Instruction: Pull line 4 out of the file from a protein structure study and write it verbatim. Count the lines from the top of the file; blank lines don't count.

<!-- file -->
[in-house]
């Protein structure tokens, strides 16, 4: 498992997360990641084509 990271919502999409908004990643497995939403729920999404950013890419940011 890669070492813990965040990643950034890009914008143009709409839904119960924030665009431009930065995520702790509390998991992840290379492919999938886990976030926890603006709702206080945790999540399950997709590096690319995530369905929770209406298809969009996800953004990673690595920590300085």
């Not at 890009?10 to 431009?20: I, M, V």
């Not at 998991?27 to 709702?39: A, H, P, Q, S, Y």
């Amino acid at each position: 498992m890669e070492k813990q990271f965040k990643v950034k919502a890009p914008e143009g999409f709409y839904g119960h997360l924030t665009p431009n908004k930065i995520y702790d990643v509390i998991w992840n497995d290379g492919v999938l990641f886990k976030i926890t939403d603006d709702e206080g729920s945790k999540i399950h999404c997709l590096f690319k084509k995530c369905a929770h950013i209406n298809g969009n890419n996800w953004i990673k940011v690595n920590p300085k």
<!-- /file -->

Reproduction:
């Not at 998991?27 to 709702?39: A, H, P, Q, S, Y």